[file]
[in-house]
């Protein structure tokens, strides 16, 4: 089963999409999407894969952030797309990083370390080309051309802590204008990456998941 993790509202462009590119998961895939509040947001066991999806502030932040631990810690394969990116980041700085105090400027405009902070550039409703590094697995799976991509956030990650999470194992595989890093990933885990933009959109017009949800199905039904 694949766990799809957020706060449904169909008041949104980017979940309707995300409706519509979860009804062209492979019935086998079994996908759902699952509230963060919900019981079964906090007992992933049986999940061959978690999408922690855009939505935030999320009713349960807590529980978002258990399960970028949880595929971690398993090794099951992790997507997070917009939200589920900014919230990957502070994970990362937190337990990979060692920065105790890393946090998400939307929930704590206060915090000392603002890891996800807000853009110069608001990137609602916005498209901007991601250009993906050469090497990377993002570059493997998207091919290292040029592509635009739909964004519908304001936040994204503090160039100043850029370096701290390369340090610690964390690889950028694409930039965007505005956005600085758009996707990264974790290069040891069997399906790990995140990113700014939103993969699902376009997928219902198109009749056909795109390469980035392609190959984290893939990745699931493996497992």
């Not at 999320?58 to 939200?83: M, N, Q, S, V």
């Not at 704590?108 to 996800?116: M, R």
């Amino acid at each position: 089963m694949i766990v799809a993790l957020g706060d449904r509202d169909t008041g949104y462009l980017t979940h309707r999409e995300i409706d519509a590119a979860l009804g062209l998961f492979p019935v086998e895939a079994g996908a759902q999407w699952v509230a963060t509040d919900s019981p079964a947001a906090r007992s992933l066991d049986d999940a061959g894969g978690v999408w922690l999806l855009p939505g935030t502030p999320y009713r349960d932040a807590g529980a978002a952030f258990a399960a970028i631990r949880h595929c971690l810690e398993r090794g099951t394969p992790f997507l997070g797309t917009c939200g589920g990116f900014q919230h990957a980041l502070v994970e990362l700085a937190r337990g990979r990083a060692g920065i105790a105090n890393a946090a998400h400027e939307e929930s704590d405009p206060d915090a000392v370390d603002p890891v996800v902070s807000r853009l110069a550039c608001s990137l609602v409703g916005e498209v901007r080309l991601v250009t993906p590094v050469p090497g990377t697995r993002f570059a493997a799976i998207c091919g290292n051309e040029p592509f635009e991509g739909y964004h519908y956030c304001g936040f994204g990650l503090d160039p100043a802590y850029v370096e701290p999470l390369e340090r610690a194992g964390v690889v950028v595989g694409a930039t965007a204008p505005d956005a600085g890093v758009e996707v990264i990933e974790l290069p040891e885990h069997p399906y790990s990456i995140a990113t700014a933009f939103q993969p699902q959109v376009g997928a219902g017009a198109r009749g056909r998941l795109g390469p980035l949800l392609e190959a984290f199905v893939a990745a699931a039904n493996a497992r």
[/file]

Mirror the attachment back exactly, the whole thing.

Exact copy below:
[in-house]
């Protein structure tokens, strides 16, 4: 089963999409999407894969952030797309990083370390080309051309802590204008990456998941 993790509202462009590119998961895939509040947001066991999806502030932040631990810690394969990116980041700085105090400027405009902070550039409703590094697995799976991509956030990650999470194992595989890093990933885990933009959109017009949800199905039904 694949766990799809957020706060449904169909008041949104980017979940309707995300409706519509979860009804062209492979019935086998079994996908759902699952509230963060919900019981079964906090007992992933049986999940061959978690999408922690855009939505935030999320009713349960807590529980978002258990399960970028949880595929971690398993090794099951992790997507997070917009939200589920900014919230990957502070994970990362937190337990990979060692920065105790890393946090998400939307929930704590206060915090000392603002890891996800807000853009110069608001990137609602916005498209901007991601250009993906050469090497990377993002570059493997998207091919290292040029592509635009739909964004519908304001936040994204503090160039100043850029370096701290390369340090610690964390690889950028694409930039965007505005956005600085758009996707990264974790290069040891069997399906790990995140990113700014939103993969699902376009997928219902198109009749056909795109390469980035392609190959984290893939990745699931493996497992």
């Not at 999320?58 to 939200?83: M, N, Q, S, V």
């Not at 704590?108 to 996800?116: M, R």
């Amino acid at each position: 089963m694949i766990v799809a993790l957020g706060d449904r509202d169909t008041g949104y462009l980017t979940h309707r999409e995300i409706d519509a590119a979860l009804g062209l998961f492979p019935v086998e895939a079994g996908a759902q999407w699952v509230a963060t509040d919900s019981p079964a947001a906090r007992s992933l066991d049986d999940a061959g894969g978690v999408w922690l999806l855009p939505g935030t502030p999320y009713r349960d932040a807590g529980a978002a952030f258990a399960a970028i631990r949880h595929c971690l810690e398993r090794g099951t394969p992790f997507l997070g797309t917009c939200g589920g990116f900014q919230h990957a980041l502070v994970e990362l700085a937190r337990g990979r990083a060692g920065i105790a105090n890393a946090a998400h400027e939307e929930s704590d405009p206060d915090a000392v370390d603002p890891v996800v902070s807000r853009l110069a550039c608001s990137l609602v409703g916005e498209v901007r080309l991601v250009t993906p590094v050469p090497g990377t697995r993002f570059a493997a799976i998207c091919g290292n051309e040029p592509f635009e991509g739909y964004h519908y956030c304001g936040f994204g990650l503090d160039p100043a802590y850029v370096e701290p999470l390369e340090r610690a194992g964390v690889v950028v595989g694409a930039t965007a204008p505005d956005a600085g890093v758009e996707v990264i990933e974790l290069p040891e885990h069997p399906y790990s990456i995140a990113t700014a933009f939103q993969p699902q959109v376009g997928a219902g017009a198109r009749g056909r998941l795109g390469p980035l949800l392609e190959a984290f199905v893939a990745a699931a039904n493996a497992r």